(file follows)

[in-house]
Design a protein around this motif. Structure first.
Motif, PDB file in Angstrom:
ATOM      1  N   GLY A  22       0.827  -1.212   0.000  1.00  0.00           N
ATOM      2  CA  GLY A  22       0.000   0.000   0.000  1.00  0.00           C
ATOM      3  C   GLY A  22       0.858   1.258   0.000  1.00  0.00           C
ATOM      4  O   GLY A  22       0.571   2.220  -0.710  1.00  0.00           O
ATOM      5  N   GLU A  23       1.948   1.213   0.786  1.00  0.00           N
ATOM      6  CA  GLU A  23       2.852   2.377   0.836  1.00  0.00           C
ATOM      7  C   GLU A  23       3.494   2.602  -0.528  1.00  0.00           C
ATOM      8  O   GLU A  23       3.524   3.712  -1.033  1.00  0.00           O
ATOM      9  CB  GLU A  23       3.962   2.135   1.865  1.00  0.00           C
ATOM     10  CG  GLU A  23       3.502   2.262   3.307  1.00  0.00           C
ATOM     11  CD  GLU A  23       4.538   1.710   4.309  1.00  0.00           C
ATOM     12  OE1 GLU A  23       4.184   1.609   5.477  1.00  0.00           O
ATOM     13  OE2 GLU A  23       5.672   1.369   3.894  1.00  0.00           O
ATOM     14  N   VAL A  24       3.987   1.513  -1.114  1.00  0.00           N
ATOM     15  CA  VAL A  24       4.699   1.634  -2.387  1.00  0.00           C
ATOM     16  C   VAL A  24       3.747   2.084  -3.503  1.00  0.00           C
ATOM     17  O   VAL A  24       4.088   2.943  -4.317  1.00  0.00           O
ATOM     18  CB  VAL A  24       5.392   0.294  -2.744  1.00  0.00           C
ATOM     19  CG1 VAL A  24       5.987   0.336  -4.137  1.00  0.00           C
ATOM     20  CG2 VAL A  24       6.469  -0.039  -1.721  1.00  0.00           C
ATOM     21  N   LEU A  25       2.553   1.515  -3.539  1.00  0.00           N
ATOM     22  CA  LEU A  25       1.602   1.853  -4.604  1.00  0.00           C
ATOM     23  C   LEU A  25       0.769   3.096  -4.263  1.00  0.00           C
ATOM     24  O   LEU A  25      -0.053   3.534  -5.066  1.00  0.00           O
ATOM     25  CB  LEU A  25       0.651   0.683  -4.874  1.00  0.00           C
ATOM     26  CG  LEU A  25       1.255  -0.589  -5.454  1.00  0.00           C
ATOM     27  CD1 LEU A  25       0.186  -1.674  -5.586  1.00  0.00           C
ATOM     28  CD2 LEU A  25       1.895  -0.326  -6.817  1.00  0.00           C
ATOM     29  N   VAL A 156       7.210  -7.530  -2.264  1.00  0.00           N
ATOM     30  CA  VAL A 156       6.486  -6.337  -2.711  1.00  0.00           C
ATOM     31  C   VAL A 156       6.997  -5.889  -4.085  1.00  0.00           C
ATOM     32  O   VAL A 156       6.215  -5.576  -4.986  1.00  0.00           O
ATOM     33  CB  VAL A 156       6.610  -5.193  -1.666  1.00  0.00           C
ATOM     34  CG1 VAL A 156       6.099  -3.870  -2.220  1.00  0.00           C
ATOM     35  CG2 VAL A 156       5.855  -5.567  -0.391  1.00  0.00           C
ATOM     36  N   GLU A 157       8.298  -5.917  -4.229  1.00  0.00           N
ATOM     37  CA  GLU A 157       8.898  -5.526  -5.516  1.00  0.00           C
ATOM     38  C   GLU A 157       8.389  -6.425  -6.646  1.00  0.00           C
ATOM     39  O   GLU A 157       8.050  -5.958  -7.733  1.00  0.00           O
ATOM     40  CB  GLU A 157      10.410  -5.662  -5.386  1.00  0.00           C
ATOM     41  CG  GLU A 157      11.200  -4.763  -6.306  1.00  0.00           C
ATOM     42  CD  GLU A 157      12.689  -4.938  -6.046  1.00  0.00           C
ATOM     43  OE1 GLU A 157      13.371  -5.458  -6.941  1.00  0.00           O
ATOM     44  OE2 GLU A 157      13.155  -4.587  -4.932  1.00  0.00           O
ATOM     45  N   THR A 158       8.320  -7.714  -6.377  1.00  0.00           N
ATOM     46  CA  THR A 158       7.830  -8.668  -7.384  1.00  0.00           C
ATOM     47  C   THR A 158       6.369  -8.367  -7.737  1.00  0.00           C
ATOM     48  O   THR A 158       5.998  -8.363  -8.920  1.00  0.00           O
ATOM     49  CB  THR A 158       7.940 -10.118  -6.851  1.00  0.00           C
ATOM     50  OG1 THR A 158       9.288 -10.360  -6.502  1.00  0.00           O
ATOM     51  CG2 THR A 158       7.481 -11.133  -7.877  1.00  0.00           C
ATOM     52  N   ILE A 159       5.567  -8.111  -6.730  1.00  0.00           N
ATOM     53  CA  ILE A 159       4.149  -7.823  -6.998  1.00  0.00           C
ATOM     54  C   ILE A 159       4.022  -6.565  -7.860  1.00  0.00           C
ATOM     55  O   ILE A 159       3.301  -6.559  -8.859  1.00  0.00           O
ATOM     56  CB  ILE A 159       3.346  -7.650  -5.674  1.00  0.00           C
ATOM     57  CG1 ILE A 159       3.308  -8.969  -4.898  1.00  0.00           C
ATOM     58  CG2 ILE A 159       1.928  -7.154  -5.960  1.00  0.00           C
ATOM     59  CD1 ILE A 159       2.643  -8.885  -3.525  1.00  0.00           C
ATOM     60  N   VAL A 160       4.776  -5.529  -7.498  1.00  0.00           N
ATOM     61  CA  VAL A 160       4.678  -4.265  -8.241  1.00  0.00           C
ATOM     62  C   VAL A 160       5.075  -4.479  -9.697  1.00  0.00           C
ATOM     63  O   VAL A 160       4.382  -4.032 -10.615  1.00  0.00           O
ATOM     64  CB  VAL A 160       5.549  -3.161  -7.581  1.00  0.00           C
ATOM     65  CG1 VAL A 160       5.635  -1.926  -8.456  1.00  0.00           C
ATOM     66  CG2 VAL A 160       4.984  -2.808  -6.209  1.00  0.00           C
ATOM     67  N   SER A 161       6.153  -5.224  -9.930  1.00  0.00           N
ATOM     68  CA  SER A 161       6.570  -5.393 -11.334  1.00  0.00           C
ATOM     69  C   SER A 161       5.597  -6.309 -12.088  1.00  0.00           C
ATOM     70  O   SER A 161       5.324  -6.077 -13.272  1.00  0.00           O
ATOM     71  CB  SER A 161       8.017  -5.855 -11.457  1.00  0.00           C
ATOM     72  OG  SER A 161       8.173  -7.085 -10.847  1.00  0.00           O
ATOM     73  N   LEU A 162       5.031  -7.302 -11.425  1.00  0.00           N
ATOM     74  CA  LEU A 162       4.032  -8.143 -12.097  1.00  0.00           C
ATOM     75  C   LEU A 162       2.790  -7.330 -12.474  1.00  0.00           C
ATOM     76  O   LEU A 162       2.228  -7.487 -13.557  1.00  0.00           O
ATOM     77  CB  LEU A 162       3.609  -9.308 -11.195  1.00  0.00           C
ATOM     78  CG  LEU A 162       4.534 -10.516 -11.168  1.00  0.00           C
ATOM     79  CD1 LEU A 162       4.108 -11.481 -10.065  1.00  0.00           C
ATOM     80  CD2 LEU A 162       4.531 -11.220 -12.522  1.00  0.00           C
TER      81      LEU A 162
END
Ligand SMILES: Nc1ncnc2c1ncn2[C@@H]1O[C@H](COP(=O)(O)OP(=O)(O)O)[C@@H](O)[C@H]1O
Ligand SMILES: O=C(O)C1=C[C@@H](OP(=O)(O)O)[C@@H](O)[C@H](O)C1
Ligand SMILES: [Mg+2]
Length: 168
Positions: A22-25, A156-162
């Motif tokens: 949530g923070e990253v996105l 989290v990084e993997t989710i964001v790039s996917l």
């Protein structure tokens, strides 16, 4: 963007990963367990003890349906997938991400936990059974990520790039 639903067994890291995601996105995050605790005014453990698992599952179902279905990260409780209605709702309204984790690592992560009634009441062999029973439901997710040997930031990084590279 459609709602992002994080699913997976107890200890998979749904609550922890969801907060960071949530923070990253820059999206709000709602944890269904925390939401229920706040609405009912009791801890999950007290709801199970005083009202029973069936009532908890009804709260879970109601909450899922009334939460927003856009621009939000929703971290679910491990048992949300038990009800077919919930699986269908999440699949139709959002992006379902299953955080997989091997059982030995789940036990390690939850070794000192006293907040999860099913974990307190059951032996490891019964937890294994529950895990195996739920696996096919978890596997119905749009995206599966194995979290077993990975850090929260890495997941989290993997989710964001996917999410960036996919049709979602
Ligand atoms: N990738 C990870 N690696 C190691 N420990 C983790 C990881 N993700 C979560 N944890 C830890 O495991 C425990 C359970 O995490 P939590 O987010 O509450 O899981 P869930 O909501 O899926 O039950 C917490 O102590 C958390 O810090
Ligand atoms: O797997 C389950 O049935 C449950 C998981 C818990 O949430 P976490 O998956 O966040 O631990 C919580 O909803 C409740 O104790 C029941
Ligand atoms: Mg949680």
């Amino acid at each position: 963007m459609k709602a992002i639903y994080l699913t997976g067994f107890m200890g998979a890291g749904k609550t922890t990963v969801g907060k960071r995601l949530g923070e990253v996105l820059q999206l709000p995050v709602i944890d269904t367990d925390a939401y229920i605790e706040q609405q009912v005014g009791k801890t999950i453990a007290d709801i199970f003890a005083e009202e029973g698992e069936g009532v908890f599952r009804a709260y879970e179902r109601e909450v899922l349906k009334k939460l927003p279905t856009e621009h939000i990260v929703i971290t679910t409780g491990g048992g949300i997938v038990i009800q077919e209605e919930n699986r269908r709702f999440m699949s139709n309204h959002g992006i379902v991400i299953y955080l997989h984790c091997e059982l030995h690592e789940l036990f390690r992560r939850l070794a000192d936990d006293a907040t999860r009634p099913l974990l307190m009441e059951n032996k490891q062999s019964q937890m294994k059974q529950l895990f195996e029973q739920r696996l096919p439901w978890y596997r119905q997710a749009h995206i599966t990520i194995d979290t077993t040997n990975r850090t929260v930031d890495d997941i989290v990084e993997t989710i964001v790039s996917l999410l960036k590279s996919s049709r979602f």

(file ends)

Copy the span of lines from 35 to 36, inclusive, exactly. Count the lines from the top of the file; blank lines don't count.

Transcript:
ATOM     32  O   VAL A 156       6.215  -5.576  -4.986  1.00  0.00           O
ATOM     33  CB  VAL A 156       6.610  -5.193  -1.666  1.00  0.00           C